The idea of social math is presenting complex issues in a way that can be easily understood by anyone: For example, a 2010 report by the National Retail Federation found that graduates were expected to receive nearly $90 in gifts – in all, spending on grad’s gifts were expected to reach $3.9 billion.The case described above doesn't just elaborate on the social math - making it simpler to see what billions of dollars represent - it makes a point about the value of our dollars. If we're willing to spend $3.9 billion dollars on stuffed animals in graduation garb, balloons, and alma mater mugs, would an extra dollar a week in taxes to advance research be a real burden on American finances? For the cost of a beanie baby or tassel a piece, could we mark an important genome? Treat cancer? Provide a healthier future for all those graduates?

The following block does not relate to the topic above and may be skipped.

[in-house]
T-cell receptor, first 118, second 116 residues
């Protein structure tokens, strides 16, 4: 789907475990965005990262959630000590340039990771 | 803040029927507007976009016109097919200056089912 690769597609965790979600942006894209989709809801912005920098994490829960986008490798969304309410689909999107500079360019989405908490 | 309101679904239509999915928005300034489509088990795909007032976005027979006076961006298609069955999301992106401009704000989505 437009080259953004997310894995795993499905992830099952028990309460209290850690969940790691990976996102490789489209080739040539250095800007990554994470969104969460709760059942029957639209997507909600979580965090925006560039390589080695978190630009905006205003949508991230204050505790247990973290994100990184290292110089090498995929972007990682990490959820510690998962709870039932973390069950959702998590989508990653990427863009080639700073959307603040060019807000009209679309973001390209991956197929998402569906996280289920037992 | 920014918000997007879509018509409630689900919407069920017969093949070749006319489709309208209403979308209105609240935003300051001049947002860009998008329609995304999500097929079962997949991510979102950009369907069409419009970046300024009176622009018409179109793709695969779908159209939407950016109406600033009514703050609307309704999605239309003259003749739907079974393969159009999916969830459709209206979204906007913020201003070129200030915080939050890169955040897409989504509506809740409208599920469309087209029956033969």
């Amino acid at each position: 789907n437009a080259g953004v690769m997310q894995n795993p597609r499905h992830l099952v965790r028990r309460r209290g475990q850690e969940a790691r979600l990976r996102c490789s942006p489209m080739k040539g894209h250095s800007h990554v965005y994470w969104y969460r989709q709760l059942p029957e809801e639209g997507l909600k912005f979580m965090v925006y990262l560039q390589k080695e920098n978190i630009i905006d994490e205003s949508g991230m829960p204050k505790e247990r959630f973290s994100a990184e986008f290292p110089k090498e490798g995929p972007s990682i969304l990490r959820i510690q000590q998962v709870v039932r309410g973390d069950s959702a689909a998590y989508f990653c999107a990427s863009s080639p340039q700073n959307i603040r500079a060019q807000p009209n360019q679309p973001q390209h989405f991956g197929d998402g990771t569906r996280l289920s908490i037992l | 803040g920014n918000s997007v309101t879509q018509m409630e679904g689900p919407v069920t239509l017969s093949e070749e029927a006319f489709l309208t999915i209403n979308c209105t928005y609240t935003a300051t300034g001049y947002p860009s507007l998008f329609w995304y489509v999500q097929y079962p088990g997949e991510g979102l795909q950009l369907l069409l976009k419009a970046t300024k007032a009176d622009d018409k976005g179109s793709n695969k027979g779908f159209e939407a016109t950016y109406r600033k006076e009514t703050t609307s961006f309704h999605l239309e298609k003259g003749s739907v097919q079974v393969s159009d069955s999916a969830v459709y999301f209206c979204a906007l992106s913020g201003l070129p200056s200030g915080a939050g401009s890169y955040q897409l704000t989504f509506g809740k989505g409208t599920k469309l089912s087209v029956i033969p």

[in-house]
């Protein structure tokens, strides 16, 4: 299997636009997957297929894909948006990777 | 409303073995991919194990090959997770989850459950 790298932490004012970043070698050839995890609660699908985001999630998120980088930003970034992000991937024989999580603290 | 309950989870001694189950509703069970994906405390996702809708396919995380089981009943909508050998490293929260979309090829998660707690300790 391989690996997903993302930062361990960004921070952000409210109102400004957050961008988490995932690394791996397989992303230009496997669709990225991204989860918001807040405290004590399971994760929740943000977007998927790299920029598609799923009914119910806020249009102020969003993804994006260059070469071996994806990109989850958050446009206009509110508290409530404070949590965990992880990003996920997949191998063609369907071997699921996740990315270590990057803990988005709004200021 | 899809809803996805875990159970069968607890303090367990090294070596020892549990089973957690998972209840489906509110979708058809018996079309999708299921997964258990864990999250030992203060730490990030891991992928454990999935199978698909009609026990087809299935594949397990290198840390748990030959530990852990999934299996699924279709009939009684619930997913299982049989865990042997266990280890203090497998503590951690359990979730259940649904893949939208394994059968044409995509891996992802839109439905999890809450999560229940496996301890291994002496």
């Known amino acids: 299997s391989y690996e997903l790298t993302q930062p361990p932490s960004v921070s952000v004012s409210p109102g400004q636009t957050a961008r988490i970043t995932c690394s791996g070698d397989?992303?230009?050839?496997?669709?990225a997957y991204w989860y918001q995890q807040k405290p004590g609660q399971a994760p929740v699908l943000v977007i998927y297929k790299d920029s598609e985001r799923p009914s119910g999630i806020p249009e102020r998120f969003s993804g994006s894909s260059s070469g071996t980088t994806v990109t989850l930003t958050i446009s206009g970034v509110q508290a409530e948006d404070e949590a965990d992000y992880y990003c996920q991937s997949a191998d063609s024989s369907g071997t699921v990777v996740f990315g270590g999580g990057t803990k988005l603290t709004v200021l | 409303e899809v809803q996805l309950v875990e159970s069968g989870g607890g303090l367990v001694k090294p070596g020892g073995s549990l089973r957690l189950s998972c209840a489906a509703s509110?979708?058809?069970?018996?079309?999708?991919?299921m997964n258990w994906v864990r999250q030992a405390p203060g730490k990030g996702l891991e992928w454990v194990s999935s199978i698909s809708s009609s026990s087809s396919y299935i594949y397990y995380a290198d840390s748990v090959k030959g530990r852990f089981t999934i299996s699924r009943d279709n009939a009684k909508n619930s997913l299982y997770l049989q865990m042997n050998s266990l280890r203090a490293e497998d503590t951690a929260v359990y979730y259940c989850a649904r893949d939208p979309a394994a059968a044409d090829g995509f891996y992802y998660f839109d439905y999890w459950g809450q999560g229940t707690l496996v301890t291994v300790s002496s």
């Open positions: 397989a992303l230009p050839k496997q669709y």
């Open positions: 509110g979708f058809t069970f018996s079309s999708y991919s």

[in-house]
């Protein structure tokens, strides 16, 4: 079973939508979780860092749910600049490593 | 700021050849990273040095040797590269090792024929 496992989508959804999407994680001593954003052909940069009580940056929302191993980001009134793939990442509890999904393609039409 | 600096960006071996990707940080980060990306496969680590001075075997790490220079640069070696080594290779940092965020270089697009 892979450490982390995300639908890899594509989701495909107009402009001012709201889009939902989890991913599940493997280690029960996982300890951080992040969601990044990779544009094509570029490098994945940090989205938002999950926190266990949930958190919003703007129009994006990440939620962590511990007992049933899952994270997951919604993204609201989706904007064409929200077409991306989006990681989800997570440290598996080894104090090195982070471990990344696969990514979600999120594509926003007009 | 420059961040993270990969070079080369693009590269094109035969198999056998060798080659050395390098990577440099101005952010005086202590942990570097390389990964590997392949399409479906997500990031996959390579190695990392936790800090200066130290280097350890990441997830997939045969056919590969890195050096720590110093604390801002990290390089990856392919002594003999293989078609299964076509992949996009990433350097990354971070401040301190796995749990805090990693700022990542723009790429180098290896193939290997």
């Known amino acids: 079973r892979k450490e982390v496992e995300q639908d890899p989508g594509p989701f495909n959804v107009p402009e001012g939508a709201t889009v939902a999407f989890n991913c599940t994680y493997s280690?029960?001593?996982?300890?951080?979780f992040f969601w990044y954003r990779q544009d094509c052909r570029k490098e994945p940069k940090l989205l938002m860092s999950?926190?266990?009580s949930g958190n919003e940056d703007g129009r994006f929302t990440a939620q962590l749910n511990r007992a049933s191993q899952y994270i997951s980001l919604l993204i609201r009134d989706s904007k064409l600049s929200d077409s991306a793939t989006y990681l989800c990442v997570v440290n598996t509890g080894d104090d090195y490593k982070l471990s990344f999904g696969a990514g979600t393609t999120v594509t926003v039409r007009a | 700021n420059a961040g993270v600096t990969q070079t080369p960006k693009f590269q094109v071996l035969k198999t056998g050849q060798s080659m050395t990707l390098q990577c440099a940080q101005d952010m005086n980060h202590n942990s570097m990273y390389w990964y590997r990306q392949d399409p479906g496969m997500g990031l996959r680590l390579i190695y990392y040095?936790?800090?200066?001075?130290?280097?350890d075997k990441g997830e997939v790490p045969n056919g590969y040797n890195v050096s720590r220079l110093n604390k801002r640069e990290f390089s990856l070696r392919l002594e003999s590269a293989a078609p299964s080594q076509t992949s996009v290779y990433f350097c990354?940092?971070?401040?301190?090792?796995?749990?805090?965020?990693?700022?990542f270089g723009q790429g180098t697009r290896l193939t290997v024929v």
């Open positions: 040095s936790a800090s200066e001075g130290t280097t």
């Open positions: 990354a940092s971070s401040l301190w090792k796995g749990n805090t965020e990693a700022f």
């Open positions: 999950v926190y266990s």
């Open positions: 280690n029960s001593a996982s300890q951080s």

Few of us can comprehend a billion dollars, unless you had boatloads of Microsoft stock back when it took off. Social math, then, insists we take another step: Find a way to translate. Knowing our audience here, that $3.9 billion could fund all but two institutes at the National Institutes of Health for a year – and in many cases, for several years. (Even the two exceptions, NCI and NIAID, would have a majority of their budgets covered by that amount.) The same $3.9 billion would fund 8,193 NIH research grants, according to FY10 numbers.
Social math is finding the common ground between a niche and the mainstream.
Priorities matter. What are ours?